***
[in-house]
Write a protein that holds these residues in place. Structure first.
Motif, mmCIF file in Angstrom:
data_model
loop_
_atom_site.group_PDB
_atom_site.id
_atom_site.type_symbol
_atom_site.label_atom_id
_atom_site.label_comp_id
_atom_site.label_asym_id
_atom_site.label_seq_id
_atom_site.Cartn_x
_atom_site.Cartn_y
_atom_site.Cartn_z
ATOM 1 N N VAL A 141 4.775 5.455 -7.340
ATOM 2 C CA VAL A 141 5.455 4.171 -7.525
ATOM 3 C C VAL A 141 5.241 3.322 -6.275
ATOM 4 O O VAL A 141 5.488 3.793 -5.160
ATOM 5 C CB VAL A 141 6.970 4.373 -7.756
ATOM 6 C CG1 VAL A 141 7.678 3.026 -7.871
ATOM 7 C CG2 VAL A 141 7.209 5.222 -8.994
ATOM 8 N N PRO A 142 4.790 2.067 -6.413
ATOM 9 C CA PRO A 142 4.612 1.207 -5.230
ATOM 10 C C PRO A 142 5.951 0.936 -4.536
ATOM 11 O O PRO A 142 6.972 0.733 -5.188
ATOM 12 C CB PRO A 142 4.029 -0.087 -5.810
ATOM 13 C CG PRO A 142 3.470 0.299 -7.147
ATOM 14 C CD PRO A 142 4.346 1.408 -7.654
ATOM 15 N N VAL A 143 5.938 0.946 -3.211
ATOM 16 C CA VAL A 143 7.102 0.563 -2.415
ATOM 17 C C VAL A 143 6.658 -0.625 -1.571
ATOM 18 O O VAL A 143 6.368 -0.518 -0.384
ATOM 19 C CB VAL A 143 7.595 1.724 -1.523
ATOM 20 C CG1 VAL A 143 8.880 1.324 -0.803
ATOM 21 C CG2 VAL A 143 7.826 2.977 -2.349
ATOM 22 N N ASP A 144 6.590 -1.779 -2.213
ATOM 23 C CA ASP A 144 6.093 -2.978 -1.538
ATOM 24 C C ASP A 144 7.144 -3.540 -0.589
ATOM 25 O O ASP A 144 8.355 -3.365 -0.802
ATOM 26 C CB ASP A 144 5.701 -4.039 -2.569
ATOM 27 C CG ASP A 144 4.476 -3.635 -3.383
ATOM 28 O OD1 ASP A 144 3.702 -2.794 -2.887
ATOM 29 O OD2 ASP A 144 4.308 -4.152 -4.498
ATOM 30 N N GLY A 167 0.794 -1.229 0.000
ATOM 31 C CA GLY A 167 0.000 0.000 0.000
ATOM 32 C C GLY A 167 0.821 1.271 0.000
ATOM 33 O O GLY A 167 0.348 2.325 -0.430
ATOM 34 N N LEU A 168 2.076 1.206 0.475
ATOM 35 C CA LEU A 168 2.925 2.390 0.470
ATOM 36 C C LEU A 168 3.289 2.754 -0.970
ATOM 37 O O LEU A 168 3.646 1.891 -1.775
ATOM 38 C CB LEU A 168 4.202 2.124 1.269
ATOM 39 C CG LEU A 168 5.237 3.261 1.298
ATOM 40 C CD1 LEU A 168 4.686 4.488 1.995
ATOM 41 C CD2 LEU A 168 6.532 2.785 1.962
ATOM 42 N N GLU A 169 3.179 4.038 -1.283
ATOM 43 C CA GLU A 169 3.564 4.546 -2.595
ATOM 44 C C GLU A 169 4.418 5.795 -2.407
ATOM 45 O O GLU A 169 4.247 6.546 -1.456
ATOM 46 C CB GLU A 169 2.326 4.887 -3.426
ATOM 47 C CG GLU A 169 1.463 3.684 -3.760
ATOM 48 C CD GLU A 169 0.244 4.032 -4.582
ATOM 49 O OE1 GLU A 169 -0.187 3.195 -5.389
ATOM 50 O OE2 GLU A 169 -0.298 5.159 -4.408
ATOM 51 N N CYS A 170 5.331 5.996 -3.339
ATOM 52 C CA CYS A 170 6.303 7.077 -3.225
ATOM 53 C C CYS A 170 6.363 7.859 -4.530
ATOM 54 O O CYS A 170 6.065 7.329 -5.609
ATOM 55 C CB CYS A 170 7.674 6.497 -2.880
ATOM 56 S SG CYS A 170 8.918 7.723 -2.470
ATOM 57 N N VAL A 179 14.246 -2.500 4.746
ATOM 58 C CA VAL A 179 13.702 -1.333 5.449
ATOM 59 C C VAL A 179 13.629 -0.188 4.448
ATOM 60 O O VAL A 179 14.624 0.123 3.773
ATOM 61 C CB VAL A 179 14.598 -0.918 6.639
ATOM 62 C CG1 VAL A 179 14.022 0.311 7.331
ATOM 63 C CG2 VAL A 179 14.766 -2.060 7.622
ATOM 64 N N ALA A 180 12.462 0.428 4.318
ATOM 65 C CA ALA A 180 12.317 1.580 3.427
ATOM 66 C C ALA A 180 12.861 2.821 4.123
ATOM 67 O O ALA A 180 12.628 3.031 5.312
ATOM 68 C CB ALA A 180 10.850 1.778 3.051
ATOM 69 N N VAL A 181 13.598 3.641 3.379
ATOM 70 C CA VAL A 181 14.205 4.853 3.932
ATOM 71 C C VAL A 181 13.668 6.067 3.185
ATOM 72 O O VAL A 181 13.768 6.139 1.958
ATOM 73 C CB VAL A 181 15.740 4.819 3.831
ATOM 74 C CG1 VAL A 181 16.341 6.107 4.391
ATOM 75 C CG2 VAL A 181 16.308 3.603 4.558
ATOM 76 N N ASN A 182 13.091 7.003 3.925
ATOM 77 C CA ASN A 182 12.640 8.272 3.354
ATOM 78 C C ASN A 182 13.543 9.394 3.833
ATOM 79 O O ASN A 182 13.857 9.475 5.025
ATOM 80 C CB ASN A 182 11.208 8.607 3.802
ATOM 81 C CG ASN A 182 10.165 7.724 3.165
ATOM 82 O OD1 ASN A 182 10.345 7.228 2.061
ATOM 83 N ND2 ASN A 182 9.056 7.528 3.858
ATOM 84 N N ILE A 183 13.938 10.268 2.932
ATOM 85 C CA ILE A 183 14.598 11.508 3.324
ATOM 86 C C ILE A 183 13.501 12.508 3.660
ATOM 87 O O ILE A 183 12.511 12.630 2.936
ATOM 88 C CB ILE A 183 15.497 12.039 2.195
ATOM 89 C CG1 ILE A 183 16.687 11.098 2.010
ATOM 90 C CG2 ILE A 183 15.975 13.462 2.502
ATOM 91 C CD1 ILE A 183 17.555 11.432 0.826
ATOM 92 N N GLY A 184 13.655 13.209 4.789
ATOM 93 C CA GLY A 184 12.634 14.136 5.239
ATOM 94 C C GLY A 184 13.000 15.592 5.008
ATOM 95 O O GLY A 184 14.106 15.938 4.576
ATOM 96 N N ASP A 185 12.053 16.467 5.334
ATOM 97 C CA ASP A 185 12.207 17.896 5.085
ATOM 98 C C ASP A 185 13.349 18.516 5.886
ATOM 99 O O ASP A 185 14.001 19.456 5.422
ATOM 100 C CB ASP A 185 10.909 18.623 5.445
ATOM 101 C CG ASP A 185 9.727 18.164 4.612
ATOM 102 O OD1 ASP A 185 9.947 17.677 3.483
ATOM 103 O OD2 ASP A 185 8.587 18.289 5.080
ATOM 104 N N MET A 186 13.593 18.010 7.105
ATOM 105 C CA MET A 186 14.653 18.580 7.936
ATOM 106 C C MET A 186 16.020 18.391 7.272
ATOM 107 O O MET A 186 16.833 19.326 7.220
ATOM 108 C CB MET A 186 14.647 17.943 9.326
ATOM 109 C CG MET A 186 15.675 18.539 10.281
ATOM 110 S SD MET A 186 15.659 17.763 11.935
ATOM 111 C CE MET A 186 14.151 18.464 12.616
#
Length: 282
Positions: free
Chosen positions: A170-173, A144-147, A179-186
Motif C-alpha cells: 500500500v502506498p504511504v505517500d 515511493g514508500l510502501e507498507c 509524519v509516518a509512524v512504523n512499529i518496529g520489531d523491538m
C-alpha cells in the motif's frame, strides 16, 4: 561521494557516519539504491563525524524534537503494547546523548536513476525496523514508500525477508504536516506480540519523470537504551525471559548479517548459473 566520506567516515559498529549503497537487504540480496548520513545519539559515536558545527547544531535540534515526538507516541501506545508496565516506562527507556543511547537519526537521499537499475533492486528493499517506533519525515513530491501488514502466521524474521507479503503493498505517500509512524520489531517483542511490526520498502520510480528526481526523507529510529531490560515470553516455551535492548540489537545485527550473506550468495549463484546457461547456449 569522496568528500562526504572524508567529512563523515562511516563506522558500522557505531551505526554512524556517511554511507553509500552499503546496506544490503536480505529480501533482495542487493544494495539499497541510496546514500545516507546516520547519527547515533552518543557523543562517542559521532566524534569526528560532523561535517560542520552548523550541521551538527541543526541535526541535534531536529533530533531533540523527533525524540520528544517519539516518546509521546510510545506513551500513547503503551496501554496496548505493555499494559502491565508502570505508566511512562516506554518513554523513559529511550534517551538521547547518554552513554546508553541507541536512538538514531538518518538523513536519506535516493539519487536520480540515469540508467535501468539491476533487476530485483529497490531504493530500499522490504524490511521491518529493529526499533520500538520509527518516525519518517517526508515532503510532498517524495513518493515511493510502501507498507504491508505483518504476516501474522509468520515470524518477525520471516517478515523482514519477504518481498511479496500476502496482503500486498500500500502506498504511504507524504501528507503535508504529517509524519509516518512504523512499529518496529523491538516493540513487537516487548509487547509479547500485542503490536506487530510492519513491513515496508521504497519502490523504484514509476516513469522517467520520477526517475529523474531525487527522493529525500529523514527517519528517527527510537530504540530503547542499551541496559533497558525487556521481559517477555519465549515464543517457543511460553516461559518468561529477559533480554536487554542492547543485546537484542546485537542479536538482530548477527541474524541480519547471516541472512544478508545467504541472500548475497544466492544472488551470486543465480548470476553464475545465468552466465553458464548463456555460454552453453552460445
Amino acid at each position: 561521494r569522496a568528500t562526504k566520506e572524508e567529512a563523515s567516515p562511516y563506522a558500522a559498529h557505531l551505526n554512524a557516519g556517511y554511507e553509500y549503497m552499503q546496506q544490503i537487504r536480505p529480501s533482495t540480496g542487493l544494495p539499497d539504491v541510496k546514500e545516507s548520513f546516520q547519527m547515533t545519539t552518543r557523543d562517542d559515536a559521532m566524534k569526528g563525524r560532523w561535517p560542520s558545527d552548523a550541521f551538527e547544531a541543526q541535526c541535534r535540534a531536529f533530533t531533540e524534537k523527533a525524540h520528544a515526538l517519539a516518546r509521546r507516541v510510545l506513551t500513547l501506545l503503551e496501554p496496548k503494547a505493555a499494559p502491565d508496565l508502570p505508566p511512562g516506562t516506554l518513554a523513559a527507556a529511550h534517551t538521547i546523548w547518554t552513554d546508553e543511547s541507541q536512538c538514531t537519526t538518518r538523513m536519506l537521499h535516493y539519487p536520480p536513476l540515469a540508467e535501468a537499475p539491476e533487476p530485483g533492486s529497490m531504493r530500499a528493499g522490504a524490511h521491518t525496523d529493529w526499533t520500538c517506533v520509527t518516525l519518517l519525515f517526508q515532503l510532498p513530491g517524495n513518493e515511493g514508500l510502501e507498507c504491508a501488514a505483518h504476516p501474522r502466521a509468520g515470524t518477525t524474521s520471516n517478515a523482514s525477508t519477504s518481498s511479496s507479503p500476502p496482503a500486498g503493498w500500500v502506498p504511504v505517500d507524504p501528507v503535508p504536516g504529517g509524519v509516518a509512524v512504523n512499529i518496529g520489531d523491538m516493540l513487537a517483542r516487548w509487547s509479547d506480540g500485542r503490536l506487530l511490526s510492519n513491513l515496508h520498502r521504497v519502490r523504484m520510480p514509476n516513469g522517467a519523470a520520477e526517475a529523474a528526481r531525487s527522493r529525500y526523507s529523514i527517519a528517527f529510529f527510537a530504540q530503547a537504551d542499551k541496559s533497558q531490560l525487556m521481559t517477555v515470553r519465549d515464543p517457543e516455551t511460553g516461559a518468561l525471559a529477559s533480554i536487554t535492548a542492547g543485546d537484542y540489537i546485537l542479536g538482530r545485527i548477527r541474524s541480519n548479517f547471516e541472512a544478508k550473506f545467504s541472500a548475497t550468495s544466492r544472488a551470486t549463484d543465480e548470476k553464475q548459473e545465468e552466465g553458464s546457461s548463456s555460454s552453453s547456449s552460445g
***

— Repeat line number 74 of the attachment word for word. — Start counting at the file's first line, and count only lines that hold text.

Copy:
ATOM 59 C C VAL A 179 13.629 -0.188 4.448